How to Be Ready for your First Cat

How to Be Ready for your First Cat

Are you ready for your first Cat? Being a first-time cat owner is exciting, but it’s also a big responsibility, and being the owner of a cat is a very different experience to enjoying playing with – or relaxing with! – a friend’s cat, and then going back to your own, cat free home. Do you know what to do when you’re faced with cat vomiting and diarrhea? Which kitchen ingredients could be toxic to your new pet? Where will your cat sleep?

Today we’re taking a look at some of the ways you can get ready, so when you bring your new cat home from the breeder or the rescue centre, you’ll feel confident that you’re providing it with the best possible home.

Table of Contents

Health and Fitness

There are lots of different things you can do to help support your cat’s health. Food is an important aspect of this: cats need different combinations of nutrients at different times of their lives, and even more specialised diets if they’re overweight, underweight, or suffering from certain health conditions. Making sure you know what your cat needs, and are able to provide for those needs means you’re more likely to have a happy, healthy cat!

You should also make sure you’re registered at a vet – as well as someone to take your cat in a health emergency, they provide the vaccinations that will help keep your cat safe as it roams, register their details and microchip your cat so if it gets lost it can be reunited with you, and spay or neuter your pet if needs be. No matter if she is a little Siamese kitten or a large Maine Coon, all cats should be microchipped.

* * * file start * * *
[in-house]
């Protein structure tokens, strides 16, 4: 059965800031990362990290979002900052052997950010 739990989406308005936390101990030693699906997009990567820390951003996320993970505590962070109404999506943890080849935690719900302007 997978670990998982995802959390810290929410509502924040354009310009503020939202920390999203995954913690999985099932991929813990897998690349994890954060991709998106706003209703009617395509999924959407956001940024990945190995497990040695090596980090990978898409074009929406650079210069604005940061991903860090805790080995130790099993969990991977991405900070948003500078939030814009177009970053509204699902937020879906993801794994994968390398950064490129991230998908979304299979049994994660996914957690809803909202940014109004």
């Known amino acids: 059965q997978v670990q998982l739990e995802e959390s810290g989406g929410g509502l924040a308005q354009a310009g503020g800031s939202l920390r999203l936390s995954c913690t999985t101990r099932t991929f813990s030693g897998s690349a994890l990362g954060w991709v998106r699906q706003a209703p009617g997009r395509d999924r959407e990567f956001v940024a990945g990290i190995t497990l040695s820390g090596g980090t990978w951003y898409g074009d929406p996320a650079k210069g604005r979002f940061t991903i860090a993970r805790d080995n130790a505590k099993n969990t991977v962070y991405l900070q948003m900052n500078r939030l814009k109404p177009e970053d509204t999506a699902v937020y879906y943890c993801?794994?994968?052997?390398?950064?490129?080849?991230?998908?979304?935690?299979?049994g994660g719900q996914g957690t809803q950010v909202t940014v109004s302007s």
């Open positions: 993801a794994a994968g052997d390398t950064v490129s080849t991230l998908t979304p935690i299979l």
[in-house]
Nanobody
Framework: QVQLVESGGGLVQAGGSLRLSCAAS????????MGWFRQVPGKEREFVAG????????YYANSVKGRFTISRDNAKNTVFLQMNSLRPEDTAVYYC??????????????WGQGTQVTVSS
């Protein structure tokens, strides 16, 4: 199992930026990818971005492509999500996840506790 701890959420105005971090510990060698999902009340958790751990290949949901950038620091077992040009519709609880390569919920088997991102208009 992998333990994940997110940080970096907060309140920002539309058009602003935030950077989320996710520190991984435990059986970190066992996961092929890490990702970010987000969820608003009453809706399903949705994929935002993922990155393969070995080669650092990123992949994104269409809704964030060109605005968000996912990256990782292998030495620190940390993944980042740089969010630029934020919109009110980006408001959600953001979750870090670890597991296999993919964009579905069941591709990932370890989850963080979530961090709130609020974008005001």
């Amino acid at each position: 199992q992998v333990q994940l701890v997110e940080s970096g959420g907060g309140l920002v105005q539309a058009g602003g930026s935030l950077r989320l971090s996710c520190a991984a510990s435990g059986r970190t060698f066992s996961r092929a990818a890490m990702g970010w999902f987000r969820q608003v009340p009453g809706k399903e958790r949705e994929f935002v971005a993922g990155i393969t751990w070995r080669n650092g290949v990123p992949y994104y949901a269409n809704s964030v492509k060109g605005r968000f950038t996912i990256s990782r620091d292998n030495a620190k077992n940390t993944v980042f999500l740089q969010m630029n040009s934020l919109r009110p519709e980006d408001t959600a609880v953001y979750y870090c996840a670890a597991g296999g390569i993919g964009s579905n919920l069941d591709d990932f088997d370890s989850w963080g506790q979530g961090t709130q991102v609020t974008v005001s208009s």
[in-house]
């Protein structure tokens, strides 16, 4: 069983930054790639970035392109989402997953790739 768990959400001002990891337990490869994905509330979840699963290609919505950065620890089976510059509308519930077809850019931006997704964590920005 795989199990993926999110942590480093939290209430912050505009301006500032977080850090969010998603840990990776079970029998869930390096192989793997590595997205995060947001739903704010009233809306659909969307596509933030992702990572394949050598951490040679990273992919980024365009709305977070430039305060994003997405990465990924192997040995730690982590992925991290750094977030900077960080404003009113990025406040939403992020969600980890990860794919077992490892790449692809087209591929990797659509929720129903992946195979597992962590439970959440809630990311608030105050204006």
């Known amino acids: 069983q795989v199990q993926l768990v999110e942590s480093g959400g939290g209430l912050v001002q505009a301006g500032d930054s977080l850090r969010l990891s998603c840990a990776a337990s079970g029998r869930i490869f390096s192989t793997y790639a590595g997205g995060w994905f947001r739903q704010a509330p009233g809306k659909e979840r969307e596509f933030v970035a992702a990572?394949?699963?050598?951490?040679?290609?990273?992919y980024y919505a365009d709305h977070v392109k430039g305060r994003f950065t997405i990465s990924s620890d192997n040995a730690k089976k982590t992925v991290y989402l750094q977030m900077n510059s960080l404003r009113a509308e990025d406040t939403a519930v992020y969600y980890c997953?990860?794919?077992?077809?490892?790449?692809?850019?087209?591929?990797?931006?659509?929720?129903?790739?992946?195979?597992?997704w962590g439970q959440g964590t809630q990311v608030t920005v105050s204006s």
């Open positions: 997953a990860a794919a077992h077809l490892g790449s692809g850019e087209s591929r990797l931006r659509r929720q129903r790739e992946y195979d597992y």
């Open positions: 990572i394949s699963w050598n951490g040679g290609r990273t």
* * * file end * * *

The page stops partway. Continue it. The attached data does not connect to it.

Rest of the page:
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Moving house for humans is often held to be among the most stressful possible life events, contending with bereavement and divorce. For cats, who have no control over the process, but are simply dropped into a new home without consultation, it must be even more stressful, and they need time to feel secure and happy there.

If you can, it’s worth preparing a whole room for your cat – one it can inhabit alone, without interruption. Provide dedicated spaces for food and water, and for the litter tray – as far from the food tray possible. Keep an eye on your cat’s eating and drinking habits, as some are reluctant to drink from a static dish of water, and you might need to provide a water fountain.

It’s also important to provide at least – and preferably several – options for places to sleep. Scatter blankets, cushions and boxes so your cat can choose somewhere it feels comfortable and safe to sleep. You can also include multiple levels for your cat to explore. Many cats like to climb, and being able to view potential threats from above helps them feel secure.

With this solid foundation of security, your new cat will be quicker to relax and embrace it’s now home, and you!


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